Indicated in infertility, leucorrhoea and apanaksetra congestion along with reproductive weakness (shukrakshaya). Bala is a renowned energy tonic that enhances sexual potency and ojas. Used to aid the growth of the foetus and keep the mother strong.

    Indicated in dry cough, asthma, tuberculosis and haemoptysis; vata-pitta disorders of the lungs. The low levels of ephedrine help to bronchodilate constriction and prevent wheezing and restricted breathing.

    Indicated in high temperature from an underlying deficiency and weakness.

    Bala is a great heart tonic used for treating arrhythmia, tachycardia, irregular pulse and palpitations. As it benefits both mamsa dhatu and mamsavahasrotas it can be used to strengthen the heart muscle.

  • Traditional actions

  • Traditional energetic actions

    Herbal energetics are the descriptions Herbalists have given to plants, mushrooms, lichens, foods, and some minerals based on the direct experience of how they taste, feel, and work in the body. All traditional health systems use these principles to explain how the environment we live in and absorb, impacts our health. Find out more about traditional energetic actions in our article “An introduction to herbal energetics“.

  • Did you know?

    Bala is used as a primary ingredient in massage oils for treating arthritis, nervous system disorders and paralysis. It is often taken with milk and almonds to enhance its calming and tonifying effects.

Additional information

  • Safety

    Due to its ephedrine content it may interact with caffeine and MAO inhibitors exacerbating effects and elevating blood pressure, Beta blockers by reducing drug efficacy due to opposing activity, Ephedrine by additive sympathomimetic effects inducing further toxicity and arrhythmia and Steroids (dextamethasone) by enhancing clearance levels and thus reducing effectiveness of the drug.

  • Dosage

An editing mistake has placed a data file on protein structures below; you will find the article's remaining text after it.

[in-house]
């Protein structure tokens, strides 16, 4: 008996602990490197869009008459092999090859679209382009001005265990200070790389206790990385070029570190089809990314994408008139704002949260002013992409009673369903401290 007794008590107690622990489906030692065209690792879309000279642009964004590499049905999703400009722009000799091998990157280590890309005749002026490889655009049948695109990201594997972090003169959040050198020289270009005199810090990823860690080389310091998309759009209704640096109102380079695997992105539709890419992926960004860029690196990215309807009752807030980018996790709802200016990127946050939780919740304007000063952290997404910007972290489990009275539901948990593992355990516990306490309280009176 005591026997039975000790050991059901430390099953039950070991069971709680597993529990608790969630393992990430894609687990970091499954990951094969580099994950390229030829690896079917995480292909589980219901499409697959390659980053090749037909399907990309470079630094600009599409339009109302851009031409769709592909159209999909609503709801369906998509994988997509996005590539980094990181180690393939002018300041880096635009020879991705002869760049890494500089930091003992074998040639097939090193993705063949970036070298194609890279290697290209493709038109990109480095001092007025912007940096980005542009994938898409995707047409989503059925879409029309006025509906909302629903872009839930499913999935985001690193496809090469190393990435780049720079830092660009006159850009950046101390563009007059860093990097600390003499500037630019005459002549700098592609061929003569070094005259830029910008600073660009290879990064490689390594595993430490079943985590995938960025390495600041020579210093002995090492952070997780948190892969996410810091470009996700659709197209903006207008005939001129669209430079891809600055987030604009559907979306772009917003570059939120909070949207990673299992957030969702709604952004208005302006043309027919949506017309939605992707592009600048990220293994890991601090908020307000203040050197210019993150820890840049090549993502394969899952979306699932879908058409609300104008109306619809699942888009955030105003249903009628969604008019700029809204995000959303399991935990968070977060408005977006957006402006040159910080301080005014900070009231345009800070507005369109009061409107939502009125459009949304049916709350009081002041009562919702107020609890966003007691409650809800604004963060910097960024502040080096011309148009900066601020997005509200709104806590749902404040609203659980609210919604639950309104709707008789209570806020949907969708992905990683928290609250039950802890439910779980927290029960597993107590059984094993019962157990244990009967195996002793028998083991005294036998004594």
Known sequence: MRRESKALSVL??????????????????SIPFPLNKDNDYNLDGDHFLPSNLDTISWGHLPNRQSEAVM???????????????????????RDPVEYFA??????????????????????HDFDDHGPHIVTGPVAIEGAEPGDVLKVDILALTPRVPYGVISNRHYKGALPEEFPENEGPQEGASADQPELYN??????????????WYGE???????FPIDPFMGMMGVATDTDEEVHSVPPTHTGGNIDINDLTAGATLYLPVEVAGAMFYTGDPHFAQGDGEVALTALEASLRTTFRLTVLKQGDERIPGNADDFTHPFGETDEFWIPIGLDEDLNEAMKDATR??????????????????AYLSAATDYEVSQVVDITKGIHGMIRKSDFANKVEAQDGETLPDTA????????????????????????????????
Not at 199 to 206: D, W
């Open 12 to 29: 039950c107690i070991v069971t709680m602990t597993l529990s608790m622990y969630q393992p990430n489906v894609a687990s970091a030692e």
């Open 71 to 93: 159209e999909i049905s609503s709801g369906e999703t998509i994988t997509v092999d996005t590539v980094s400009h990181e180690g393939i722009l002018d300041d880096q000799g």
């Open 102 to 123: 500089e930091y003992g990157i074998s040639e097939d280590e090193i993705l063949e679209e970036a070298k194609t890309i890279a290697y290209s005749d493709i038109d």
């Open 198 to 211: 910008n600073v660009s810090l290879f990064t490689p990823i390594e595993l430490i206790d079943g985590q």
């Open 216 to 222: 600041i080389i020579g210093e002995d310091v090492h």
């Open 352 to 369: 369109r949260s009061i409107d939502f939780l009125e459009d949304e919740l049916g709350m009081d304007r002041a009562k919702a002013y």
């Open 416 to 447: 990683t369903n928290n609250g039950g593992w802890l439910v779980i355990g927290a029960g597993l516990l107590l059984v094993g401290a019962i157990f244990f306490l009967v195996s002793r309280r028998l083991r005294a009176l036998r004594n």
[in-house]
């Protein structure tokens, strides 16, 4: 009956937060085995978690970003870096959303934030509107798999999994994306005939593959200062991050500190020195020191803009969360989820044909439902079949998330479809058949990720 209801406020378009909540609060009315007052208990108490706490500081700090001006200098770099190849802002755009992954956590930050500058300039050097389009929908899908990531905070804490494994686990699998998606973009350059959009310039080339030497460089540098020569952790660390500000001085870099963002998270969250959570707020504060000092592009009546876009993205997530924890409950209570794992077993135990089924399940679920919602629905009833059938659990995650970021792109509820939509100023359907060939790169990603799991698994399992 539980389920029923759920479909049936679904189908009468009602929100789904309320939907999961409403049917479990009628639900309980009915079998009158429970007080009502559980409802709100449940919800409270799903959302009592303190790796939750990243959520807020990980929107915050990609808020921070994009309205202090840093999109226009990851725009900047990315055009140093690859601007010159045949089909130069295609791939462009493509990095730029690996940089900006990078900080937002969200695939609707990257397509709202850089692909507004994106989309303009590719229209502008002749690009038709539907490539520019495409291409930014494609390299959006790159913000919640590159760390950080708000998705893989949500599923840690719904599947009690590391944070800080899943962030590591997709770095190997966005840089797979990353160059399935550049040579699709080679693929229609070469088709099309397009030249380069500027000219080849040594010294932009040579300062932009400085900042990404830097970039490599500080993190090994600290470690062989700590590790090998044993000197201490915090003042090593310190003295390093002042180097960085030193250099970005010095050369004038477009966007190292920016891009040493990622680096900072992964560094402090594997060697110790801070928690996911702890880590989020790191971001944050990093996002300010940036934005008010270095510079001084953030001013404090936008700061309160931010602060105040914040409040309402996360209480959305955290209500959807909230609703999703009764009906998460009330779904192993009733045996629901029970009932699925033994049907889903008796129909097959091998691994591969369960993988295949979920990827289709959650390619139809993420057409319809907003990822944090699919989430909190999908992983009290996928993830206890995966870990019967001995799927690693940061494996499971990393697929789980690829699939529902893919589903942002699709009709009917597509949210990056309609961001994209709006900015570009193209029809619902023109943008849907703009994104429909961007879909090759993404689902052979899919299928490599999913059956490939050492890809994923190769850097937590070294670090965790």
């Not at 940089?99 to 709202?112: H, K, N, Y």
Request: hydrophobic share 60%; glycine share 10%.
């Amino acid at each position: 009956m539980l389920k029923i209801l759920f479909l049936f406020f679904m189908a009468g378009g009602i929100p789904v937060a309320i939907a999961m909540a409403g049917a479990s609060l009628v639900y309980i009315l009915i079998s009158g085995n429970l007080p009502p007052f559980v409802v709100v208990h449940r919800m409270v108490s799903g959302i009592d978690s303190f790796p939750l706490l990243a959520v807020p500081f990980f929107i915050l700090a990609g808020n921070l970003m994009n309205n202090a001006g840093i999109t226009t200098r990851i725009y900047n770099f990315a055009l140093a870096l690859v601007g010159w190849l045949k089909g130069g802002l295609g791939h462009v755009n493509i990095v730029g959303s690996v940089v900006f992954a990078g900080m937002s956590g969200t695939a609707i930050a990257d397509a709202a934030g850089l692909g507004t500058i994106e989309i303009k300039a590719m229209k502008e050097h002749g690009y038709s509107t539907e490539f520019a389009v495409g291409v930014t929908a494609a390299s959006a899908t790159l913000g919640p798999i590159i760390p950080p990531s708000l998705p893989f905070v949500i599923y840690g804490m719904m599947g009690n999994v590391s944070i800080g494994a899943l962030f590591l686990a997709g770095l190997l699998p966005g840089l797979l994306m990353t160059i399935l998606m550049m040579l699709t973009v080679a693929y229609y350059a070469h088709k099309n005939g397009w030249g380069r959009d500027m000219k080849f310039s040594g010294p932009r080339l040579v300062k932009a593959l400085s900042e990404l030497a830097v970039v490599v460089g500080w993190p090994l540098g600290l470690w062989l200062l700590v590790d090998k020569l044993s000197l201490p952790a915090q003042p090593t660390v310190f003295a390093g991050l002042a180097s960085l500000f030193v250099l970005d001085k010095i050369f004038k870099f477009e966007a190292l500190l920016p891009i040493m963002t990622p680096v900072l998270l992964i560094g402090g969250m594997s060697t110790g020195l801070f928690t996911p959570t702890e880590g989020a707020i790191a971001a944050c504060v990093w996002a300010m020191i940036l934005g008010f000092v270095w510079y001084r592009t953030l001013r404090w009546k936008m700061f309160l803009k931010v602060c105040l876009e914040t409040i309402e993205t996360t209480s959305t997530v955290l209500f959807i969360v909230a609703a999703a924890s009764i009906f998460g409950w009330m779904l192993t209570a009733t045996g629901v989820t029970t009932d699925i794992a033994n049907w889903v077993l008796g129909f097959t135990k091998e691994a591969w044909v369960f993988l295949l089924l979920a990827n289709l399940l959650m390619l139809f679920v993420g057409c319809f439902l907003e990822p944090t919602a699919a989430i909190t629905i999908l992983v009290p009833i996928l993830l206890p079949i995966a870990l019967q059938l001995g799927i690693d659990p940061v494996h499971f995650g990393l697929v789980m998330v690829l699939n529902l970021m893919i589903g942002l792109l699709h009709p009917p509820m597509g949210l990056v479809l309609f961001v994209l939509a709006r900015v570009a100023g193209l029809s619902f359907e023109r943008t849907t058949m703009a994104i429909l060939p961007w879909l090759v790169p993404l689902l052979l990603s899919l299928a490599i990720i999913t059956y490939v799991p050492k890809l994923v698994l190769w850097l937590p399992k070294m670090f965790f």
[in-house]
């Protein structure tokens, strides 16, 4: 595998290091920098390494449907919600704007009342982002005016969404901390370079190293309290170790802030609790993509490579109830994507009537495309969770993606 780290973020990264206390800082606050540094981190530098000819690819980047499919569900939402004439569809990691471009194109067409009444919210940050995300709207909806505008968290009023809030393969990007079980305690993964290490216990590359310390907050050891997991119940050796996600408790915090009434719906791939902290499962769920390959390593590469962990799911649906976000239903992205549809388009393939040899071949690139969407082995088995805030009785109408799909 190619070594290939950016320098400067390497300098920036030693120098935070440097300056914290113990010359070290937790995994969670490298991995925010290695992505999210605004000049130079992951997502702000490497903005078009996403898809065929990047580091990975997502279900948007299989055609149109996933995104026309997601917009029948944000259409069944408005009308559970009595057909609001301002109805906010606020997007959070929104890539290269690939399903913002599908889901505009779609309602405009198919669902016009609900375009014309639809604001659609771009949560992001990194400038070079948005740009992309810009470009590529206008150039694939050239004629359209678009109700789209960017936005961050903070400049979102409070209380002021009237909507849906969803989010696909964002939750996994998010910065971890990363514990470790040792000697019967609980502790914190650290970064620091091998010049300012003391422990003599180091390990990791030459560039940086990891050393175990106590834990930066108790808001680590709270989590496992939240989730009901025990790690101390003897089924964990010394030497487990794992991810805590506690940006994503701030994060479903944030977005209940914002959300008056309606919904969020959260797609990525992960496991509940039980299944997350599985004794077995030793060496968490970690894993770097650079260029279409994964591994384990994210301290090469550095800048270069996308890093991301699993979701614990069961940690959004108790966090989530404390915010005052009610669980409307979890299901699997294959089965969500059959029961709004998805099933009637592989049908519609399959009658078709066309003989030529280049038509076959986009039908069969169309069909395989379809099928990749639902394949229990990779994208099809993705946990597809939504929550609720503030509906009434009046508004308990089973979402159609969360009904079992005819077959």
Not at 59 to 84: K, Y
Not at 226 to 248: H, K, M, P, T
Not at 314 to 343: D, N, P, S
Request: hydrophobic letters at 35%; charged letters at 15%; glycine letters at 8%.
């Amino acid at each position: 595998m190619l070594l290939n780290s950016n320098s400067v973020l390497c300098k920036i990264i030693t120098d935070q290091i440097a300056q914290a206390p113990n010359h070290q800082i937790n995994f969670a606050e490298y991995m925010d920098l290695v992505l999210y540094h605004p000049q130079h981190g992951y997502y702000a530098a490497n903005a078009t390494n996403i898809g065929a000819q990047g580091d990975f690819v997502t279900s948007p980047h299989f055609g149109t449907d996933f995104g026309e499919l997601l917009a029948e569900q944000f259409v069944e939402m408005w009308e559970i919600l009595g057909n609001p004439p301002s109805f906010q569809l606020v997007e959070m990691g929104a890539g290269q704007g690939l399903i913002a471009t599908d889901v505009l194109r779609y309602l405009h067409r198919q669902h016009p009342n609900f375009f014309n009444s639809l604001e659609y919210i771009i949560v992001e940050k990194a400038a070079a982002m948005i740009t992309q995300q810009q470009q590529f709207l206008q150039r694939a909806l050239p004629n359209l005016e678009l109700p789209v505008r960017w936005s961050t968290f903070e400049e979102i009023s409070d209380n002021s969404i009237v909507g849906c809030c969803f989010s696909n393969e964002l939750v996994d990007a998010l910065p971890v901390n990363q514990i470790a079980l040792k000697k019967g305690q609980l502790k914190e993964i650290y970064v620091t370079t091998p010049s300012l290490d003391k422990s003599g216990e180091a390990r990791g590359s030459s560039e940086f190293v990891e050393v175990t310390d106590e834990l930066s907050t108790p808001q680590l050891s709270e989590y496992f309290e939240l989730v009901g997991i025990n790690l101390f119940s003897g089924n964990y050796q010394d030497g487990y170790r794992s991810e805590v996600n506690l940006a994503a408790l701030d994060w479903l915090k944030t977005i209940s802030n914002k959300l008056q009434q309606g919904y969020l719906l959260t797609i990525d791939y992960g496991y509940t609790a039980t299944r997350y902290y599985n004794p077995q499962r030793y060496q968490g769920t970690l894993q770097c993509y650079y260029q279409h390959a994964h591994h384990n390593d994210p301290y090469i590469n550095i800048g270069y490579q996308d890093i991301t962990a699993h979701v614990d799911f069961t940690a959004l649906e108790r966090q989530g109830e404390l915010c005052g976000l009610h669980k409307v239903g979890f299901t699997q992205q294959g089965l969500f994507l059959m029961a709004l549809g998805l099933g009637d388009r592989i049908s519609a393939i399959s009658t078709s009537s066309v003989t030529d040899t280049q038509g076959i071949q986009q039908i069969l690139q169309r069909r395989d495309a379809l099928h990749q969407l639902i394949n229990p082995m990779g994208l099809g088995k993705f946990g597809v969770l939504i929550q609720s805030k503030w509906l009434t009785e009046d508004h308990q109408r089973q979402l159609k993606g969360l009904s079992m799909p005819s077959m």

Tincture: 3–15ml of a 1:3 @ 25%

    Dried: 500mg–5g/day

An ‘aromatic’ remedy, high in volatile essential oils, was most often associated with calming and sometimes ‘warming’ the digestion. Most kitchen spices and herbs have this quality: they were used both as flavouring and to ease the digestion of sometimes challenging pre-industrial foods. Many aromatics are classed as ‘carminatives’ and are used to reduce colic, bloating and agitated digestion. They also often feature in respiratory remedies for colds, chest and other airway infections. They are also classic calming inhalants and massage oils, and are the basis of aromatherapy for their mental benefits.
Astringent taste
The puckering taste you get with many plants (the most familiar is black tea after being stewed too long, or some red wines) is produced by complex polyphenols such as tannins. Tannins are used in concentrated form (eg from oak bark) to make leather from animal skins. The process of ‘tanning’ involves the coagulation of relatively fluid proteins in living tissues into tight clotted fibres (similar to the process of boiling an egg). Tannins in effect turn exposed surfaces on the body into leather. In the case of the lining of mouth and upper digestive tract this is only temporary as new mucosa are replenished, but in the meantime can calm inflamed or irritated surfaces. In the case of open wounds tannins can be a life-saver – when strong (as in the bark of broadleaved trees) they can seal a damaged surface. One group of tannins, the reddish-brown ‘condensed tannins’ are procyanidins, which can reduce inflammation and oxidative damage.